Kigali, Rwanda (PANA) - The untimely death of Burundi's leader, Pierre Nkurunziza, earlier Monday hit front pages of Rwandan newspapers this week, with major dailies focusing on messages of condolence by various leaders across the region.
The private English daily 'Taarifa' reported that Rwandan President Paul Kagame was among leaders who had conveyed their condolences to the people of Burundi and the family of the late Nkurunziza.
Pierre Nkurunziza died at the age of 55, three weeks after the election of his successor, General Evariste Ndayishimiye, from the ruling National Council for the Defense of Democracy – Forces for the Defense of Democracy (CNDD-FDD).
Meanwhile, Taarifa quoted a tweet quoting an authoritative source in Bujumbura as saying that before he died, the outgoing president was a very sick man after he tested positive to the coronavirus.
Prior to this revelation, Nkurunziza was on record for saying that there was no COVID-19 in his country, and had disregarded outright all measures announced by World Health Organisation (WHO) aimed at stopping the spread of the pandemic.
According to the newspaper, the outgoing first lady, Denise Nkurunziza, was also reportedly recovering at Aga Khan Hospital in Nairobi, Kenya.
“She sent a recorded audio message saying she was responding very well to treatment," the newspaper said.
Prior to the death of President Nkurunziza, Taarifa said that the top leadership and elite people of Burundi also did not show any regard for measures against COVID-19 during the campaigns.
Health experts argue that Burundi may be headed for another massive disaster due to community contagion that may have occurred during campaigns, the newspaper said.
In another article, the English daily 'The New Times' reported that President Nkurunziza passed away on June 8, saying a statement from the government of Burundi revealed that he succumbed to cardiac arrest.
Under the title "What next after the death of Burundi’s Nkurunziza?", the newspaper reported that Nkurunziza had attended a volleyball match on Saturday but started feeling unwell soon after and was rushed to hospital when his condition deteriorated, according to the statement.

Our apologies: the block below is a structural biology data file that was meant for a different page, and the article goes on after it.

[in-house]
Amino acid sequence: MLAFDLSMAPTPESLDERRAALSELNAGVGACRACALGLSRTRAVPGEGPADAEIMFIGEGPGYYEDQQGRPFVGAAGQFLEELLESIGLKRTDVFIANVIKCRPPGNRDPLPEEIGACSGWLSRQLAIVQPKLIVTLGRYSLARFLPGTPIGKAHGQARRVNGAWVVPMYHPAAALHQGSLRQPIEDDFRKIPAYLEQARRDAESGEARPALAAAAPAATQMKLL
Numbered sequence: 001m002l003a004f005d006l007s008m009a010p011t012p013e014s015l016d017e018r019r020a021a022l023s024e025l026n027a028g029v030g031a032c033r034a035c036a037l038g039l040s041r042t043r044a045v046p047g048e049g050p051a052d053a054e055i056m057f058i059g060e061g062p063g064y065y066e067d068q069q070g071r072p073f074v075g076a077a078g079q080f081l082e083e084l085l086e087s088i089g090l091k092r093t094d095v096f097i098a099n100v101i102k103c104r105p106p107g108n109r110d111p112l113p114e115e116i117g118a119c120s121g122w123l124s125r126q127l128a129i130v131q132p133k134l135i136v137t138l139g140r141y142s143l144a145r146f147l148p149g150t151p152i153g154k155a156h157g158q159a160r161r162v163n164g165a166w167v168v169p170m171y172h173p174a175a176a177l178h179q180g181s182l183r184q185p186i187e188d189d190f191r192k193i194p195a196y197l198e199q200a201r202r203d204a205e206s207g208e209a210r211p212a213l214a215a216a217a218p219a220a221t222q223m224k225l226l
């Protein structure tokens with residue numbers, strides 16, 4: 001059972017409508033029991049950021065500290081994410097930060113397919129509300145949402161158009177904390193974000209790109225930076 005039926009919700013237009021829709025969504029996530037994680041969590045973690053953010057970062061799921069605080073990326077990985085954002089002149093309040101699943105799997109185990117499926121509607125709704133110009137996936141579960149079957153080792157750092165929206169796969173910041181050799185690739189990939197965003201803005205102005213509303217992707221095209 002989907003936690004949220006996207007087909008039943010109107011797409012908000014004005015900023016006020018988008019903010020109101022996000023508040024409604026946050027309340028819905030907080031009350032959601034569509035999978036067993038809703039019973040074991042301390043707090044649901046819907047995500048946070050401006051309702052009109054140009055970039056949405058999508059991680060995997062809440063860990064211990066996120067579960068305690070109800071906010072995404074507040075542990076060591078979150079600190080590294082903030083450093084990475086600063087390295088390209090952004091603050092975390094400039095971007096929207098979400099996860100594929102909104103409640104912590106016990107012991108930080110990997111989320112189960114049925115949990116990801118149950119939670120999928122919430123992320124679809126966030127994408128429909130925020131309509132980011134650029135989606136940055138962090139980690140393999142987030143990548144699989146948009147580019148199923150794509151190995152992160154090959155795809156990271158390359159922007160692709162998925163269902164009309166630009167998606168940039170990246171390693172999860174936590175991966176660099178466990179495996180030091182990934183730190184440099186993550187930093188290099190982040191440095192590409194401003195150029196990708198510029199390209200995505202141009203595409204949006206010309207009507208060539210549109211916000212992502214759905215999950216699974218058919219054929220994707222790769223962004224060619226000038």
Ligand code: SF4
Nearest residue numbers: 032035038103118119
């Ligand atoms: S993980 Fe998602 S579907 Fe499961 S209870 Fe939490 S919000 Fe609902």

Frederick Golooba-Mutebi, a political analyst based in Rwanda, told the newspaper that Nkurunziza’s departure was most likely to be a continuity of his party’s leadership.
“CNDD-FDD won the elections. So there is a degree of continuity there,” the political analyst told The New Times.
What may change, he adds, will depend on the inclinations of the new president.
Whether Burundi can heal from the turbulent leadership under Nkurunziza, Golooba says, will depend on whether the new president shares the aspirations and ideological orientation of Nkurunziza.
"This is a kind of victory to all the victims of Nkurunziza’s leadership who have been saying ‘you are not a good president, we have economic problems, corruption problems, health problems’ that came as a result of his leadership,” Golooba-Mutebi was quoted by the newspaper as saying.
The political analyst was referring to unconfirmed reports that Nkurunziza could have succumbed to Covid-19, which different Burundian officials have denied.
The newspaper underlined that if Nkurunziza died of Coronavirus, experts say, it was because he didn’t put in place minimum health measures and guidelines, as well as awareness and educational programmes for the population to combat the global pandemic.
The private-owned daily, ‘The Chronicles', reported that since 2015, Burundi had repeatedly accused Rwanda of involvement in the 2015 coup. Rwanda has ignored Burundi’s accusations.
President Kagame and President Nkurunziza last met on 13 April, 2015, in Huye district (South) in Rwanda.
The holding of the bilateral summit in Huye bordering Burundi, instead of Kigali, was the first clear indication of deteriorating relations, the newspaper said.
However, things changed so fast earlier this month after Rwanda, through the foreign affairs ministry, joined countries lining up to send congratulatory messages to Burundi’s president-elect Gen Evariste Ndayishimiye.
According to the newspaper, the message from Rwanda was shared publicly on Twitter by the Burundi ruling CNDD-FDD party of the president.
For the other regional leaders, according to 'The Chronicles', Rwandan President Kagame himself had first sent them messages via Twitter by tagging them.
This is usually followed up by the message from Rwanda’s foreign ministry to that country but also containing a quote of President Kagame, the newspaper said.
In another article, the semi-private owned 'KT Press' reported that Burundi’s Constitutional Court ruled late Friday this week that the country’s newly elected leader Maj Gen. Ndayishimiye was rapidly sworn in to end the power vacuum in the country.
Ndayishimiye emerged victorious in the 20 May presidential poll and was expected to take over from Nkurunziza in August when his term was supposed to end, the newspaper said.
-0- PANA TWA/RA 13Jun2020